Major Giles Lomas - known as Jack or The Major - has died
MAJOR Giles John Eyre Lomas, farmer, landed gentry and decorated war hero, has died.
He passed away peacefully at his home, Cornborough in Abbotsham, surrounded by his family. He leaves behind three sons, ten grandchildren and five great-grandchildren.
He was known as Jack or The Major and as Grumps by the grandchildren. He lived a full and colourful life and, with his wife Margaret, worked steadfastly for the good of the local community.
Jack was born in Almora, India, where his father was a commissioner in the Indian civil service. Poorly as a baby, he was sent back to Britain when he was just three months old and looked after by his maternal grandparents at Cornborough until 1922 when his parents came home. He started his education at Buckleigh School and then the United Services College at Westward Ho!
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From there he attended Bradfield College near Reading before going to Lincoln College, Oxford, to read history, subsequently achieving an MA (hons) in the subject.
During his time at Oxford he joined the Officer Training Corps and learned to fly on several aircraft including the Hawker Hart, a British two-seater light bomber biplane.But an interest in gunnery saw him joining the Royal Artillery as a commissioned officer, completing his military training at Mons, Woolwich and Larkhill colleges.
His first appointment was with a heavy horse regiment at Exeter in 1938. This was followed by a posting to Plymouth in 1939 to the 1st Heavy Horse and, later that year, to the 4th Field Regiment Royal Artillery in India.
While there he continued the family sporting tradition of shooting.
Jack's next posting was to Egypt with the 4th Indian Division as a gun position officer, followed relatively quickly by a transfer to 31 Field Regiment as captain. He served with various regiments while in Egypt, supporting British, Australian and New Zealand troops during the African campaign.
He was also attached to the 4th Royal Horse Artillery as a Forward Observation Officer and it was during this period that he won the Military Cross for his bravery at Fort Capuzzo, Libya.
He also served at Tobruk and El Alamein and was extremely proud to be one of the original Desert Rats.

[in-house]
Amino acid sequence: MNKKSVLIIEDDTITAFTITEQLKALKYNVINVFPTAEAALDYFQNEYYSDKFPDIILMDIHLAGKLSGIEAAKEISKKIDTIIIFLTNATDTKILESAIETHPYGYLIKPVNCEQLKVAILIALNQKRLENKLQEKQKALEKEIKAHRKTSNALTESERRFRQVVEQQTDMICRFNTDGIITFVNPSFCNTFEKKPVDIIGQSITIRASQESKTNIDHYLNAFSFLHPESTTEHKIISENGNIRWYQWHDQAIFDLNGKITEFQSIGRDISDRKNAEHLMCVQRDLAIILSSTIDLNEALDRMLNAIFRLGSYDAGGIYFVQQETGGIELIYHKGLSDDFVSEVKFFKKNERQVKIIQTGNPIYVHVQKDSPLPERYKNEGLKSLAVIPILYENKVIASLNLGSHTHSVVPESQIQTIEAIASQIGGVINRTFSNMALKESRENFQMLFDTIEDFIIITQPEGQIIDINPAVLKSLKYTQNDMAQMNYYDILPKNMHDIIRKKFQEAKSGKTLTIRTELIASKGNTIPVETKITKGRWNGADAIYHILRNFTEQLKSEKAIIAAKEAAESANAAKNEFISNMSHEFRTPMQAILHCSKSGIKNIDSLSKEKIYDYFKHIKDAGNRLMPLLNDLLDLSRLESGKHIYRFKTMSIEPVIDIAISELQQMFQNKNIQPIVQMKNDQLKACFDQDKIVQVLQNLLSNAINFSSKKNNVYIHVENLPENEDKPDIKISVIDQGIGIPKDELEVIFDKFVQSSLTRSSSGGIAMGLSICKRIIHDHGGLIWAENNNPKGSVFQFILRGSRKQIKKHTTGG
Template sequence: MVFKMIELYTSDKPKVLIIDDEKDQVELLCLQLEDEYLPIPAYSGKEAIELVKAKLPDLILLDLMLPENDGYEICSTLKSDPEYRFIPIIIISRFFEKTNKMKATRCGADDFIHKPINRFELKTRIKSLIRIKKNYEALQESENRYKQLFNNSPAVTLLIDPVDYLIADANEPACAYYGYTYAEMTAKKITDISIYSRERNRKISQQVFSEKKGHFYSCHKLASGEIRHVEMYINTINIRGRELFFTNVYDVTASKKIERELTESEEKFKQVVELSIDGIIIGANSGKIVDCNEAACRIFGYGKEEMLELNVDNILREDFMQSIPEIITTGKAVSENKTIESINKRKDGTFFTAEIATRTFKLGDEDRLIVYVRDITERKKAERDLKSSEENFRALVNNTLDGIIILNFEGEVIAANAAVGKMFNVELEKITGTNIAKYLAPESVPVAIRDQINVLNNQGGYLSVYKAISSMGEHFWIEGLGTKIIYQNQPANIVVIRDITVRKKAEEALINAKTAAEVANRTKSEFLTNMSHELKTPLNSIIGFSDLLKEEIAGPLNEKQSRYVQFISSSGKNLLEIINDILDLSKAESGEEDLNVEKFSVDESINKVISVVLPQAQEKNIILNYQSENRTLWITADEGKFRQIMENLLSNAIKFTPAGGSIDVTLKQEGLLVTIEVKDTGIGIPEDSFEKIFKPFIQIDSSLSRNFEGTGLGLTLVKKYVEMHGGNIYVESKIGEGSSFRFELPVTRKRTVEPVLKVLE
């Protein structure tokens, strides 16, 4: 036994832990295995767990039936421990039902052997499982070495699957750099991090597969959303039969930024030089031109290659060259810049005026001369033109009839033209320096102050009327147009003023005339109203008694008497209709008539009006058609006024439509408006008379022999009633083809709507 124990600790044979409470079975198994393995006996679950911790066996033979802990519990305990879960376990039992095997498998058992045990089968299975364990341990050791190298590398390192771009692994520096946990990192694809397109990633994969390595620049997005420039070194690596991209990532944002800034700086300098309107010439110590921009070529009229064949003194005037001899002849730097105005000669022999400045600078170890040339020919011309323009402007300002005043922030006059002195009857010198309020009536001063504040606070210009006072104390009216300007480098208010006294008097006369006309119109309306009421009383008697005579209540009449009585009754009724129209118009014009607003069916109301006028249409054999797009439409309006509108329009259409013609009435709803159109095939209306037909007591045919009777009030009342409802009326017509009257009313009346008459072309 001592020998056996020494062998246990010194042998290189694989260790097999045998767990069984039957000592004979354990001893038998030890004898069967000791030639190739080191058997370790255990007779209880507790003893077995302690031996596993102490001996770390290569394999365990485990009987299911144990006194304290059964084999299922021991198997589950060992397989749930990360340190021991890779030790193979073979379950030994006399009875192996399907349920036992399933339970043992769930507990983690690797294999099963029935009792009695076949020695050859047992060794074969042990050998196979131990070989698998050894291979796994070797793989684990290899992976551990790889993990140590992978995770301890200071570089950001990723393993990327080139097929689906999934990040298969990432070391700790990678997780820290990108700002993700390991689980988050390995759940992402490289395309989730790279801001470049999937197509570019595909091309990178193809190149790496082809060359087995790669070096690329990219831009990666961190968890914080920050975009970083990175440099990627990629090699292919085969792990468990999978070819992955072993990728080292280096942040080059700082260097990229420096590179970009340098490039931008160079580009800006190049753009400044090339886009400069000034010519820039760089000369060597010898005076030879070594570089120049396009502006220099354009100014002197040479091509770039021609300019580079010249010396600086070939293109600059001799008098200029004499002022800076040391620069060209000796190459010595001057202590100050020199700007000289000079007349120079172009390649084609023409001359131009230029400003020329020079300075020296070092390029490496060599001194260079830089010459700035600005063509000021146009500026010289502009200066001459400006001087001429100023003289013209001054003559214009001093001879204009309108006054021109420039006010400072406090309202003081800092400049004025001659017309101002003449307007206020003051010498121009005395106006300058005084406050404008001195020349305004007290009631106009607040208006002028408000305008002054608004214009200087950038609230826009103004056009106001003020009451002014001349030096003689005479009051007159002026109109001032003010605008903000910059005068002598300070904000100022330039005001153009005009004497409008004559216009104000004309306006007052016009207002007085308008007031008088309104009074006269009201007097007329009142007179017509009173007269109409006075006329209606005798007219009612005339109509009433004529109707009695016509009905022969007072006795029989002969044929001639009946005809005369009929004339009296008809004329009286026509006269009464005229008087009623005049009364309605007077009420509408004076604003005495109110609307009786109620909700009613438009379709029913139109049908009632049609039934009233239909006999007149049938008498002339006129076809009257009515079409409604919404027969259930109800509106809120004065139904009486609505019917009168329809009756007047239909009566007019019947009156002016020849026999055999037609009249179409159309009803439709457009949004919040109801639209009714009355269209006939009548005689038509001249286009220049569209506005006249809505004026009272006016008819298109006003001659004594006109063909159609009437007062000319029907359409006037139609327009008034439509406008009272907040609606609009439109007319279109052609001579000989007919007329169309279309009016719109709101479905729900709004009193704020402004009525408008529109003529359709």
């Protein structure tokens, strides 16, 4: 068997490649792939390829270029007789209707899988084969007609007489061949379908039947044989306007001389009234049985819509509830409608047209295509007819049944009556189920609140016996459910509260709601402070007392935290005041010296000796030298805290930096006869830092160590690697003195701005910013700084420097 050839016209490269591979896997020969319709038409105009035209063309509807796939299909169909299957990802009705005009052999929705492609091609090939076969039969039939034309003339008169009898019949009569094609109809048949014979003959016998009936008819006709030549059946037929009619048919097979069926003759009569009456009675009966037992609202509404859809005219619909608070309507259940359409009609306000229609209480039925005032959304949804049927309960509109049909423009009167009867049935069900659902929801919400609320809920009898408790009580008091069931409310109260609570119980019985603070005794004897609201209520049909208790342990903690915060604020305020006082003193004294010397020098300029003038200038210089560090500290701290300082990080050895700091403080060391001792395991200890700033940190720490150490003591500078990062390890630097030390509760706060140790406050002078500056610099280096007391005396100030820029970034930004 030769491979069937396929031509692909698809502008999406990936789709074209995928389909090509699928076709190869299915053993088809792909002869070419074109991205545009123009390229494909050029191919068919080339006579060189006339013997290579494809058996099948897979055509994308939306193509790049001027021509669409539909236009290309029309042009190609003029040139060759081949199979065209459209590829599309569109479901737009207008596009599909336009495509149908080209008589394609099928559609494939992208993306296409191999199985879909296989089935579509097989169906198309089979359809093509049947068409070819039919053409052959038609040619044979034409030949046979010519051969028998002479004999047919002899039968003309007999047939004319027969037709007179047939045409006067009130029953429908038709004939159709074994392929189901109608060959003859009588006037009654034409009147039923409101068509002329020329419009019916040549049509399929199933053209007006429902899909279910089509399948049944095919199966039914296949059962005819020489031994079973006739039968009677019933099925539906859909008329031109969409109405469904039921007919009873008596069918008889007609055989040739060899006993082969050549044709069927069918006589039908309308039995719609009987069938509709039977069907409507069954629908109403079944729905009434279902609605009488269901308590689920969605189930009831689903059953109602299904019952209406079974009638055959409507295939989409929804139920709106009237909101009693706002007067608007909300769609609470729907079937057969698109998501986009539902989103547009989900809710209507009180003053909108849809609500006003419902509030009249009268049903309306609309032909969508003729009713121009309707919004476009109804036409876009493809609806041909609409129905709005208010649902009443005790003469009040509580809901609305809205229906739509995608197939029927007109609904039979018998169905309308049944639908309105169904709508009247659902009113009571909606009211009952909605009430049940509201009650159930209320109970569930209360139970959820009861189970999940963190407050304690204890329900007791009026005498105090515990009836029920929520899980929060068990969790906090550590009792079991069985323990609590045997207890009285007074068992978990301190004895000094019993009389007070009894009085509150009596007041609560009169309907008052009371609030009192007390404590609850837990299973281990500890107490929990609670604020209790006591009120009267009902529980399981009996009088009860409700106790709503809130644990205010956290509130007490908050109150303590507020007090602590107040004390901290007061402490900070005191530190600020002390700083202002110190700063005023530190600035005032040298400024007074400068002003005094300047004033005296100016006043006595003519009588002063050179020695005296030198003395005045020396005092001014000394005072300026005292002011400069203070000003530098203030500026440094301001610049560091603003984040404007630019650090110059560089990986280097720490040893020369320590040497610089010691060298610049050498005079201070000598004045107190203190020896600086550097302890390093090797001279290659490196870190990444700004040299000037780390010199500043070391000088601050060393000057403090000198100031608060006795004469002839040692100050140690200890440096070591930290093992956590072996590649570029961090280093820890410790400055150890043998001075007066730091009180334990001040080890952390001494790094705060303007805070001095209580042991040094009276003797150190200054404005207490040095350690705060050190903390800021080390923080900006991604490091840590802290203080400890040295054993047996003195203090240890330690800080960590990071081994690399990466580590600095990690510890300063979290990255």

In 1942 he was appointed to the Tactical School in Gaza as an instructor, before being promoted to major and second in command of 32 Field Regiment, seeing service in both Egypt and Syria.
The next move saw him supporting the USA Long Rifle Battalion at Monte Cristo, Italy, before being sent home to take up the role of training officer, first near Southampton and then at Sennybridge, Wales.
In 1945 he attended the Staff College at Camberley, Surrey, and at the end of the war was part of the occupying forces in Iserlohn, Germany.
He became a brigade major and was stationed at Abergavenny, Wales, for just over a year until returning to Germany in 1948, as Director Artillery Adjutant General (DAAG) of the British Army of the Rhine.
His military career then took him to Kupferdreh as battery commander of 42 Field Regiment where he stayed for three years until a staff posting to Khartoum, Sudan, in 1951. He served at various locations before being sent to Tanganyika to carry out the same job.
His last posting overseas was to Kenya in 1955 where he supported the Kings African Rifles during the Mau Mau uprising. He returned to Britain the following year to become the training officer for the West Dorset Yeomanry, based at Yeovil, before retiring from the Army in 1958.
Throughout his career he was supported by his wife Margaret who originally came from Dolton.
On retirement Jack, Margaret and their three sons moved into The Orchard which was originally the laundry for Cornborough. They moved into the main house in 1960 following the death of Jack's father.
Jack then took over the running of the 500-acre estate, comprising sheep and cattle, and was proud of the fact that he pioneered Barley Beef, the process of intensively rearing calves.
Hunting was always a passion. He served twice as master of the Stevenstone Hunt, the latter in a temporary capacity.
He served as a local magistrate for many years and became chairman of the bench.
Both he and Margaret were steadfast supporters of the local community.
He served as churchwarden of St Helen's at Abbotsham for 34 years, and fought successfully to keep the local primary school open. He also worked voluntarily as a tax inspector and was involved in various committees.
Both he and Margaret were both past presidents of the Bideford and District Horse Show. Margaret died in May this year at the age of 93. Jack died on September 26 at the age of 97.
Their sons Hugh, known as Jack, Peter, known as Ryker, and David, will continue to run the estate.